Many of you have no doubt had the same experience I’ve had of late. Grocery stores with long lines, no paper products or bottled water, and eerie rows of empty shelves. There are areas in the world where this is not uncommon, but in the United States and other industrialized nations, that is not the case. I imagine that for many around the world, there have been recent moments that almost felt post-apocalyptic.
Then, as I sat in the last endowment session I’ll likely attend for a while, I felt a familiar sensation gnawing at me. It took just seconds to identify what it was. Mourning. I was starting to mourn the fact that life as I’ve known it — weekly time in the temple, sacrament and other meetings that allow me to renew my covenants and enjoy the camaraderie of my ward family — is changing, at least for a period of time.
As I sat in that temple session, trying to relish every word, my mind flashed to an important message Elder Neil L. Andersen gave several years ago at BYU. When I got home, I read it again and came across this comforting declaration: “As evil increases in the world, there is a compensatory spiritual power for the righteous. As the world slides from its spiritual moorings, the Lord prepares the way for those who seek Him, offering them greater assurance, greater confirmation, and greater confidence in the spiritual direction they are traveling. The gift of the Holy Ghost becomes a brighter light in the emerging twilight.”
I can feel the truth of Elder Andersen’s statement.
Nothing happening in the world today is catching the Lord off-guard. Satan hasn’t pulled a fast one on Him. Circumstances that led to the inception and spreading of the coronavirus were all foreseen by Him who sees all. That is clear, because our leaders have been getting us ready for this very hour.
One of my nephews said this week, “Well, if this virus mess doesn’t convince you that there is a living prophet who has been trying to prepare us for days like these, I don’t know what would.”
Indeed. The fruits of revelation are often more easily seen in hindsight. It is no surprise to those who believe in prophets that more than a year ago President Russell M. Nelson, with 14 others ordained as prophets, seers and revelators, introduced a home-centered, Church-supported curriculum and admonished us to be more intentional about studying and teaching the gospel in our homes.
It is no surprise that two years ago they introduced ministering and asked us to learn to care for each other in a higher, holier way.
During this unusual season when the way we worship and serve the Lord has been modified, let’s make sure we&nbsp;see&nbsp;the ways the Lord is blessing us.&nbsp;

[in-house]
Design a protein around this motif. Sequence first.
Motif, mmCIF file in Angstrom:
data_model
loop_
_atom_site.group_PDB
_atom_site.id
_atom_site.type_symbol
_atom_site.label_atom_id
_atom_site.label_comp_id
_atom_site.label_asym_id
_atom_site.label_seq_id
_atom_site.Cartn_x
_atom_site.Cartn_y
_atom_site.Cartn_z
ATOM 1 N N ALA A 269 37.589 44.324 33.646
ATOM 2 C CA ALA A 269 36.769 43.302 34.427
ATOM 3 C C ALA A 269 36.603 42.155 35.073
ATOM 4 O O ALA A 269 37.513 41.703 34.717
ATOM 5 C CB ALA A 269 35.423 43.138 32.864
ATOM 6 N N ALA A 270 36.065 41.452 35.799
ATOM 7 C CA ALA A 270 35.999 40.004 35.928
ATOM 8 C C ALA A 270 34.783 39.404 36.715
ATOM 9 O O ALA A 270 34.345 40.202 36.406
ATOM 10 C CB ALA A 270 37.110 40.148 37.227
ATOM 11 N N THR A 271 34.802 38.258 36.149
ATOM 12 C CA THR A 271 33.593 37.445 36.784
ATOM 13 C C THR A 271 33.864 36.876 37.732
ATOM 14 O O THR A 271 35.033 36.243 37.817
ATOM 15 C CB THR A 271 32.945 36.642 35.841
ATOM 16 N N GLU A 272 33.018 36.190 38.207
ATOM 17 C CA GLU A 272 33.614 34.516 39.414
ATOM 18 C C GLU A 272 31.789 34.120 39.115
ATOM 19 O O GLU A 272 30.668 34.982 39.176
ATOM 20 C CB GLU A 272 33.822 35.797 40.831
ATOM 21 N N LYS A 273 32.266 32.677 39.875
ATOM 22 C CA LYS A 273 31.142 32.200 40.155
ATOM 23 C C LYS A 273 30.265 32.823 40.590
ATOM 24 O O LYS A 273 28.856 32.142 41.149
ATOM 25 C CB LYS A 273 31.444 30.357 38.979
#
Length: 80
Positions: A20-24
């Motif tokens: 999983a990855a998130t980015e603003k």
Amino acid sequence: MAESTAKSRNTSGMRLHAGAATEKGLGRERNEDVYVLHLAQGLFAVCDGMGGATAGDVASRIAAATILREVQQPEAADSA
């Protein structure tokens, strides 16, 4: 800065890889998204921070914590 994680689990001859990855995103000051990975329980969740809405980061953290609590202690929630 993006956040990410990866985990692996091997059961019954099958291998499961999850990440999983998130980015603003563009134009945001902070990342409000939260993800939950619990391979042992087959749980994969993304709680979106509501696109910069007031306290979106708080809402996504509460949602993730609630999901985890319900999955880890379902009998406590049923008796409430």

And President Nelson’s counsel from his first address as President of the Church seems even more prescient today. Pleading with us to “increase [our] spiritual capacity to receive revelation,” he added, “I am optimistic about the future. It will be filled with opportunities for each of us to progress, contribute, and take the gospel to every corner of the earth. But I am also not naïve about the days ahead. We live in a world that is complex and increasingly contentious.”
Our complex, highly interconnected world has witnessed this in dramatic fashion as COVID-19 reached pandemic proportions seemingly overnight.
And yet, there is great cause for optimism. In a video released as the Church prepared for the first Sabbath in decades without formal sacrament meetings, President Nelson reassured us that “our Heavenly Father and His Son Jesus Christ know us, love us, and are watching over us. Of that we can be certain.” And he promised us comfort and peace as we continue to “Hear Him.”
Surely this is what Elder Andersen was referringto when he declared that “as evil increases in the world, there is acompensatory power, an additional spiritual endowment, a revelatory gift forthe righteous.”
During this unusual season when the way we worship and serve the Lord has been modified, let’s make sure we see the ways the Lord is blessing us. Let’s be sure we identify the compensatory blessings and power He has for those who seek them.
If you identify such experiences that are appropriate to share, the Church News would love to hear about them. You may email your experience to: ChurchNews@DeseretNews.com.
In a time of darkness, the ministering power ofthe Light of the World will be even easier to see. How beautiful it will be if,as a global Church family, we don’t just endure this particular challenge butwe seek the hand of the Lord in our lives and then share our witness of Hismercy, power and peace.